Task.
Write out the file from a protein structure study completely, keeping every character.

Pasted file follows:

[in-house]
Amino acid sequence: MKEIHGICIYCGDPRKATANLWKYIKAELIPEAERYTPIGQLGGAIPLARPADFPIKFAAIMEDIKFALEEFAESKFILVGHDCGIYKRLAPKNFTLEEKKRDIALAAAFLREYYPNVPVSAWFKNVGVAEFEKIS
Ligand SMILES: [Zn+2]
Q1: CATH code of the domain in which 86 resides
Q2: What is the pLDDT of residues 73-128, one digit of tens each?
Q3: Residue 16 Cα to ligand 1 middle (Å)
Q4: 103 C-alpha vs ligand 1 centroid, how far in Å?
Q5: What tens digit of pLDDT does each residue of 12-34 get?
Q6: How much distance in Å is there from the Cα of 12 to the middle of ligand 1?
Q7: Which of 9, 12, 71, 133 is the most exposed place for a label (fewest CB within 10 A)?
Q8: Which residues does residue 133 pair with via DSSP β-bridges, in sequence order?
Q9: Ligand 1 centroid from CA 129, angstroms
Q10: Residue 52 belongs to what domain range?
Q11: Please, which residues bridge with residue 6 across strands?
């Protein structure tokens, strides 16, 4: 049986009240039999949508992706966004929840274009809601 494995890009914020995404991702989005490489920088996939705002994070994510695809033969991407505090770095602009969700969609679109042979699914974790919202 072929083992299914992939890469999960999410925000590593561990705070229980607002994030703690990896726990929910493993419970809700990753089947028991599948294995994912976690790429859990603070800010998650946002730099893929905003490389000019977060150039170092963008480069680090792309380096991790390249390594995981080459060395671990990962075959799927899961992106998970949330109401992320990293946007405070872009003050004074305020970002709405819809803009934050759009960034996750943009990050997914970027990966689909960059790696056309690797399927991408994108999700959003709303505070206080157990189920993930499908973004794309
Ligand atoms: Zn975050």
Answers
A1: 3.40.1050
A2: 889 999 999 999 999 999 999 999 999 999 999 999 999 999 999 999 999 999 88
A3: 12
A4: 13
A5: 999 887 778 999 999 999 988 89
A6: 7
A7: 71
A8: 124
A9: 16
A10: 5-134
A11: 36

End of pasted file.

[in-house]
Amino acid sequence: MKEIHGICIYCGDPRKATANLWKYIKAELIPEAERYTPIGQLGGAIPLARPADFPIKFAAIMEDIKFALEEFAESKFILVGHDCGIYKRLAPKNFTLEEKKRDIALAAAFLREYYPNVPVSAWFKNVGVAEFEKIS
Ligand SMILES: [Zn+2]
Q1: CATH code of the domain in which 86 resides
Q2: What is the pLDDT of residues 73-128, one digit of tens each?
Q3: Residue 16 Cα to ligand 1 middle (Å)
Q4: 103 C-alpha vs ligand 1 centroid, how far in Å?
Q5: What tens digit of pLDDT does each residue of 12-34 get?
Q6: How much distance in Å is there from the Cα of 12 to the middle of ligand 1?
Q7: Which of 9, 12, 71, 133 is the most exposed place for a label (fewest CB within 10 A)?
Q8: Which residues does residue 133 pair with via DSSP β-bridges, in sequence order?
Q9: Ligand 1 centroid from CA 129, angstroms
Q10: Residue 52 belongs to what domain range?
Q11: Please, which residues bridge with residue 6 across strands?
């Protein structure tokens, strides 16, 4: 049986009240039999949508992706966004929840274009809601 494995890009914020995404991702989005490489920088996939705002994070994510695809033969991407505090770095602009969700969609679109042979699914974790919202 072929083992299914992939890469999960999410925000590593561990705070229980607002994030703690990896726990929910493993419970809700990753089947028991599948294995994912976690790429859990603070800010998650946002730099893929905003490389000019977060150039170092963008480069680090792309380096991790390249390594995981080459060395671990990962075959799927899961992106998970949330109401992320990293946007405070872009003050004074305020970002709405819809803009934050759009960034996750943009990050997914970027990966689909960059790696056309690797399927991408994108999700959003709303505070206080157990189920993930499908973004794309
Ligand atoms: Zn975050």
Answers
A1: 3.40.1050
A2: 889 999 999 999 999 999 999 999 999 999 999 999 999 999 999 999 999 999 88
A3: 12
A4: 13
A5: 999 887 778 999 999 999 988 89
A6: 7
A7: 71
A8: 124
A9: 16
A10: 5-134
A11: 36